After months of isolation, everyone’s dance card is filling up

London Letter: It can feel as if life has returned to normal until conversation turns to the lockdown

Decorative tape that reads ‘Missing Live Theatre’ hangs on the entrance to The Old Vic theatre in London earlier this month. Photograph: Hollie Adams/Bloomberg

Decorative tape that reads ‘Missing Live Theatre’ hangs on the entrance to The Old Vic theatre in London earlier this month. Photograph: Hollie Adams/Bloomberg

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The air was warm and scented with sweet pea and phlox, the hamper was bursting with hearty delights and a bottle of Macon stood on the table, glistening with promise in the evening sun. But before we had settled into our chairs and the first glass was poured it was clear that half of the party was in a sulk.

Our hostess was fed up because her star guest had defected to a rival soiree and my friend James, always quick to take offence, was put out because he hadn’t been invited to do the same. The rival host blurted out the news when they were all at dinner the previous evening with our hostess’s best friends, who were themselves feeling sore because she had not invited them to any of her picnic suppers.

We were in a tiny basement courtyard she was allowed to use by a complicated Canadian couple who were in their house in France and who we felt sure were watching us through hidden cameras. She had been entertaining here for weeks but she couldn’t include her best friends because the Canadians explicitly banned them on account of an ungenerous remark one of them had made about an expensive chair.

“If it had been anyone else I would have been hurt, really hurt. But I despise those Canadians so much that I don’t feel anything at all. Nothing at all,” one of the banned couple said to me a week earlier, cheeks flushed and eyes welling up.

Our hostess drained her glass in an athletic gulp and shook the gorgeous, improbable head of auburn curls her hairdresser crafted on a chair in the street outside her house the previous day.

“I was so happy in the lockdown because I knew I wasn’t missing out on anything,” she said. 

“It’s pathetic at my age but for the first time in literally decades I had none of that horrible anxiety about being left out because nobody was doing anything. It was heaven.”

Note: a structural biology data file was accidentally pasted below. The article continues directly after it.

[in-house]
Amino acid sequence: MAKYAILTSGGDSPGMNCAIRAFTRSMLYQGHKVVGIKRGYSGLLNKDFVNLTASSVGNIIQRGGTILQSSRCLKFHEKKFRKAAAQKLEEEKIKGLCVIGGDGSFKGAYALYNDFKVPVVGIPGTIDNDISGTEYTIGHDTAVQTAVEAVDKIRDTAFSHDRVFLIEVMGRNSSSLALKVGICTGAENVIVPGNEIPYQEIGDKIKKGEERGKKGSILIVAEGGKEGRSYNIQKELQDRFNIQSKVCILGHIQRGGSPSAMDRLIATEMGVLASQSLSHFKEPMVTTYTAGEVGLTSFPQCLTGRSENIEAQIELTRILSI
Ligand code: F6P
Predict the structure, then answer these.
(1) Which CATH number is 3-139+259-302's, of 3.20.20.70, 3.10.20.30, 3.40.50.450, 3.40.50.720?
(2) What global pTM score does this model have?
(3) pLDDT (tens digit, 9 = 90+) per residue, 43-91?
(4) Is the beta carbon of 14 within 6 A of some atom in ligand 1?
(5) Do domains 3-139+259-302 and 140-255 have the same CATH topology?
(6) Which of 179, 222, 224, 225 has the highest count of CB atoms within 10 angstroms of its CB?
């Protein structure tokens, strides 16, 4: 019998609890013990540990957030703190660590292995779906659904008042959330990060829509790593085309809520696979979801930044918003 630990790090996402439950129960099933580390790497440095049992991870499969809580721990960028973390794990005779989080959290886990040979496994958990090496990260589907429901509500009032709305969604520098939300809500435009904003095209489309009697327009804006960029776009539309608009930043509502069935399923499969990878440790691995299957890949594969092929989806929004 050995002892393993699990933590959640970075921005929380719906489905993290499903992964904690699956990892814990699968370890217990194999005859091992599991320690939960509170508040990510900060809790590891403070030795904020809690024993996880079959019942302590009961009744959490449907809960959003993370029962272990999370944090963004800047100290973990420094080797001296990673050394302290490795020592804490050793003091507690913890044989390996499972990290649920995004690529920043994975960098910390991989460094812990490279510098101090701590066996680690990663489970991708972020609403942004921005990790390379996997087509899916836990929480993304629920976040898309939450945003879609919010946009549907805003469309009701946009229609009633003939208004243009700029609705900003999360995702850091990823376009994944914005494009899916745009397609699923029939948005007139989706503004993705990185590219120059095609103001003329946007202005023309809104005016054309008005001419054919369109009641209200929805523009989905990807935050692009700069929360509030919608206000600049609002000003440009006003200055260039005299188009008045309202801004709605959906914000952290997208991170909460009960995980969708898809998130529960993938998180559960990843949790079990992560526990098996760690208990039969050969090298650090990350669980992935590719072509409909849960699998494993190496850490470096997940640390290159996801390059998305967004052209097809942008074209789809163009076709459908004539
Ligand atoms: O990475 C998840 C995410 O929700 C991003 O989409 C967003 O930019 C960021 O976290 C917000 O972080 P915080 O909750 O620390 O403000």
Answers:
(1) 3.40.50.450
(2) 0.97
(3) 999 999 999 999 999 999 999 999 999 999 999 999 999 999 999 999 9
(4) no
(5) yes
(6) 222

After months of isolation and weeks of tentative tiptoeing back into social life, everyone’s dance card is filling up and feelings are getting bruised. Among the first casualties have been far-flung friends and relations who came together for Zoom drinks during the lockdown but are now left behind as Londoners move on from virtual socialising to the real thing.

Conversation

Outdoor settings are still preferred, partly because nobody can remember what the rules are for who can meet indoors. It can feel as if life has returned to normal until conversation turns to the lockdown, what everyone did, how they fared and more ominously to what will happen next.

Most of the inconveniences of lockdown like queues outside supermarkets and shortages of some goods have disappeared but little of the bustle of metropolitan life has come back. 

On the way to the bakery the other morning I passed the tailor’s shop and saw him pacing inside, his measuring tape hanging around his neck but with nothing to do. The little Portuguese café next door which used to be packed for breakfast had just one customer sitting outside, dressed in an old-fashioned, knee-length blue dress and navy running shoes, her hair drawn back in a ponytail and her face mask below her chin as she smoked the first cigarette of the day.

The Italian restaurant across the street reopened on July 6th and closed five days later after serving fewer customers each evening than there were staff on duty. The owner told me he would try again in September.

It’s not just in shops and restaurants that people are worried as Britain is braced for an avalanche of redundancies when Rishi Sunak’s furlough scheme starts to taper off next month. Among those most vulnerable are musicians, actors and other performers, most of whom are freelancers who make a precarious living at the best of times.

Eating hamburgers and drinking gin with a group of actors in a basement in Marylebone last week, I heard them talk cheerfully about projects cancelled or postponed and of the bleak winter ahead as theatres remain closed. Our host’s flatmate, a piano teacher in her 80s who can no longer give lessons because of the virus, was persuaded to play and she gave us the Derry Air, a Schubert impromptu and a dance by Granados.

Watching the others as we listened and thinking about the odds stacked against them, it was impossible to feel unmoved by their fortitude and their refusal to be downhearted at a time when it is at once so hard to be hopeful and so necessary.  

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